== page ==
Beach, Amy

Beach, Amy,

1867–1944, American composer and pianist, b. Henniker, N.H., as Amy Marcy Cheney. A child prodigy, she received rather meagre training as a pianist in the United States, and toured there and in Europe. In composition she was largely self-taught. Her widely praised Gaelic Symphony (1896) was the first symphony by an American woman. She composed more than 150 works, including a piano concerto, chamber music, choral pieces, and well-known songs such as "Ecstasy," "Ah, Love but a Day," and "The Year's at the Spring." Her music is in the romantic style of the 19th cent. She was famous in her era, but is little known today.

Bibliography

See A. F. Block, Amy Beach (1998).

Beach, Amy (Marcy b. Cheney)

(1867–1944) composer, pianist; born in Henniker, N.H. After serious piano studies, she made her professional debut in Boston, Mass., in 1884, and appeared the next year with the Boston Symphony. That same year she married Dr. H. H. A. Beach, who encouraged her shift to composing, even though she had little formal instruction in it. Her Gaelic Symphony, premiered by the Boston Symphony in 1896, was the first such work by an American woman, as was the Piano Concerto the orchestra premiered four years later (with the composer as soloist). Between 1910–14 she lived in Europe where she again gave piano concerts, usually of her own work. Employing a conservative, Romantic style, she composed over 150 works—many settings of well-known poets' works—and gained some prominence in Europe as well as in America; but she was continually hampered by the era's resistance to woman composers, expressed perhaps by the fact that she went through most of her public career known as "Mrs. H. H. A. Beach."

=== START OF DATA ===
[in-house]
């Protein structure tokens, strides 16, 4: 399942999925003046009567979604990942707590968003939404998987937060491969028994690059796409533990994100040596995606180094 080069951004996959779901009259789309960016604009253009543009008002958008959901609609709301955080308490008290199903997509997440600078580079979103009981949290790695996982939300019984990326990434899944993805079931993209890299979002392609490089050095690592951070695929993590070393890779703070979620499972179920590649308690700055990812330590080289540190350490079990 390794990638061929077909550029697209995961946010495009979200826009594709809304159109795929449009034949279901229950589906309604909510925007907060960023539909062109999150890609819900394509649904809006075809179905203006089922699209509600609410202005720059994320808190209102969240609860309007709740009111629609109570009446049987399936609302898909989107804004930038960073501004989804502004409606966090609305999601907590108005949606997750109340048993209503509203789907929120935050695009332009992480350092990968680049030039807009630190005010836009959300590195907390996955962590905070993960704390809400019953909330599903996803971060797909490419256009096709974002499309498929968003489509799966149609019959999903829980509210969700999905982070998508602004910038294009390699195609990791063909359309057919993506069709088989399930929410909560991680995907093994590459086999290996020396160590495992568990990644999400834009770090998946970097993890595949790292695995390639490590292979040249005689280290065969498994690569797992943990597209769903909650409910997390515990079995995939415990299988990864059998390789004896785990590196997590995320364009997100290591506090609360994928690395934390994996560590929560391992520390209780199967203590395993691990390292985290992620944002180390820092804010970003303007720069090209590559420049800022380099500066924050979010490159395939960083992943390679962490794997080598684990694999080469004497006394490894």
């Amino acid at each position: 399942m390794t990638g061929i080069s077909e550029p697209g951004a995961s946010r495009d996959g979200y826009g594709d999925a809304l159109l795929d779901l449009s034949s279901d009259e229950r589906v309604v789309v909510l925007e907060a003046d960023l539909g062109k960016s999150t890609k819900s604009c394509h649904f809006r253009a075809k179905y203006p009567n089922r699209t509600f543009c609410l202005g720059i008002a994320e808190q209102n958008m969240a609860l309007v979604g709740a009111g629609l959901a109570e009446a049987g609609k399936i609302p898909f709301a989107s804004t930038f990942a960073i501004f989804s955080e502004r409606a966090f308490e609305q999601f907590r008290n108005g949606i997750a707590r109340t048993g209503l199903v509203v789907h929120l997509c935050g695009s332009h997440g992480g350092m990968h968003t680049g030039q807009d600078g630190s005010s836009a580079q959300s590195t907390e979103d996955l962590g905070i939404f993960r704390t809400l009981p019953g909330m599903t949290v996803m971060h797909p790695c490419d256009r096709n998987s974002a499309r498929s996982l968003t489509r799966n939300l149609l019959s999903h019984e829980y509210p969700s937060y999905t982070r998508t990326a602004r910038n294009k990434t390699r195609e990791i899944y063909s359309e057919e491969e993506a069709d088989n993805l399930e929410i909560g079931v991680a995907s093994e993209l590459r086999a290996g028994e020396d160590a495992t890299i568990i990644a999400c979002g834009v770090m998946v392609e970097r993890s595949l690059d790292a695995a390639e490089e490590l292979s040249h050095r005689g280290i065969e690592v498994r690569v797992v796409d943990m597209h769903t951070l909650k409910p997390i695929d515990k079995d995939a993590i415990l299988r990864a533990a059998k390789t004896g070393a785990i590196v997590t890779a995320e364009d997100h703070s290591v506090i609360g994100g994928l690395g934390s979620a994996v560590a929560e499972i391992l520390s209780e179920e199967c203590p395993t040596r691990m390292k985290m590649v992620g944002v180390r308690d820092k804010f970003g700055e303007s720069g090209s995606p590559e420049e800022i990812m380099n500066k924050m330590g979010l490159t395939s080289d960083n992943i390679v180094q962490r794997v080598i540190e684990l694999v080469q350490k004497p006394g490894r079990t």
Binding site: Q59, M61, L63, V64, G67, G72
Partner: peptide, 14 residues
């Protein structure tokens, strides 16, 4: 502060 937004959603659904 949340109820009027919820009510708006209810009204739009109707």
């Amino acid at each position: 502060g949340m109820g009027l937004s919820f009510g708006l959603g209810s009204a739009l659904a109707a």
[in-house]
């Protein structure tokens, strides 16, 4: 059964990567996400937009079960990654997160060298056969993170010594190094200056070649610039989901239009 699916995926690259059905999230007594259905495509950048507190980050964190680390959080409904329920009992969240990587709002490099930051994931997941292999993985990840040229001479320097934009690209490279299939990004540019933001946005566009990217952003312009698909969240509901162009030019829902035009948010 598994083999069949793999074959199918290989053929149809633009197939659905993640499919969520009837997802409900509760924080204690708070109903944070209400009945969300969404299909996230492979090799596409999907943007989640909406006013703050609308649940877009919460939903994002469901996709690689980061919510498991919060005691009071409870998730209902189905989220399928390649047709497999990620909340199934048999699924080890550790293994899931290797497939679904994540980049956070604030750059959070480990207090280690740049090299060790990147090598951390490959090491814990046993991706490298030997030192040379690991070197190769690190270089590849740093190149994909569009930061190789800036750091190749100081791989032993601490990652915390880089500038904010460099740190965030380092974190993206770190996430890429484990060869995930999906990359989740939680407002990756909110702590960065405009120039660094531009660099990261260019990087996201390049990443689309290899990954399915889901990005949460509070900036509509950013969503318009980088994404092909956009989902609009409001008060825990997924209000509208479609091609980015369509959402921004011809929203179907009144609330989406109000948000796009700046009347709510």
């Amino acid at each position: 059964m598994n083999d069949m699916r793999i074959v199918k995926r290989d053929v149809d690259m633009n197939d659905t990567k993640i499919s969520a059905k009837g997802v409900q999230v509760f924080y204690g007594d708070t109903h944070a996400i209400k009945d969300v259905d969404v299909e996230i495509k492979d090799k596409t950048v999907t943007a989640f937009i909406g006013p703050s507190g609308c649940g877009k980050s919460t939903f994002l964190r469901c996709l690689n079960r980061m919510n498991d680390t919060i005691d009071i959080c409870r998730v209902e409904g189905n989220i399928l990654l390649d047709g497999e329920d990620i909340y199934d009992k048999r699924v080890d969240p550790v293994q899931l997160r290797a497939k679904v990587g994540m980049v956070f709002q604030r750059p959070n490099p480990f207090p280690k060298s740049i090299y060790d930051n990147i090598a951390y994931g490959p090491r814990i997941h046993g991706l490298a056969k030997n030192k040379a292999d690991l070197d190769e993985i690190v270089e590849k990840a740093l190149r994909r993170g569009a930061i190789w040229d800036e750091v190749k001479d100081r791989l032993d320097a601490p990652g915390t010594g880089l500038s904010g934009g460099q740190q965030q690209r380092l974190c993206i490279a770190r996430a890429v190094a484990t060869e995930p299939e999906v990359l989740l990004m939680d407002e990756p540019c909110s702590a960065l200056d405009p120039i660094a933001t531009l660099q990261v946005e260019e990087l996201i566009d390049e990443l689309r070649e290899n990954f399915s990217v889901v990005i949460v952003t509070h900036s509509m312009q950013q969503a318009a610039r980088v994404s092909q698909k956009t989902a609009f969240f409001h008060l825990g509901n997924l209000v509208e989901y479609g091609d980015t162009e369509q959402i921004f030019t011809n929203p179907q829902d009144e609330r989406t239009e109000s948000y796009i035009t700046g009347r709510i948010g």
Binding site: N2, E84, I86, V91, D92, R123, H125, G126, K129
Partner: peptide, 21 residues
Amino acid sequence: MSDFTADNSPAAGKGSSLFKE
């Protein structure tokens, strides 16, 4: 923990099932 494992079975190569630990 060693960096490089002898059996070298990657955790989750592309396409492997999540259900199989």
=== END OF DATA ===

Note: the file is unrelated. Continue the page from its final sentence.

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Stephen Beach, Amy Beach and any parties claiming an interest in 34145 Walnut Ave.
While taking a break from her usual antics on the beach, Amy spotted some people playing Scrabble and decided to offer her spelling knowledge," the Sun quoted a guest, staying at the same hotel as her, as saying.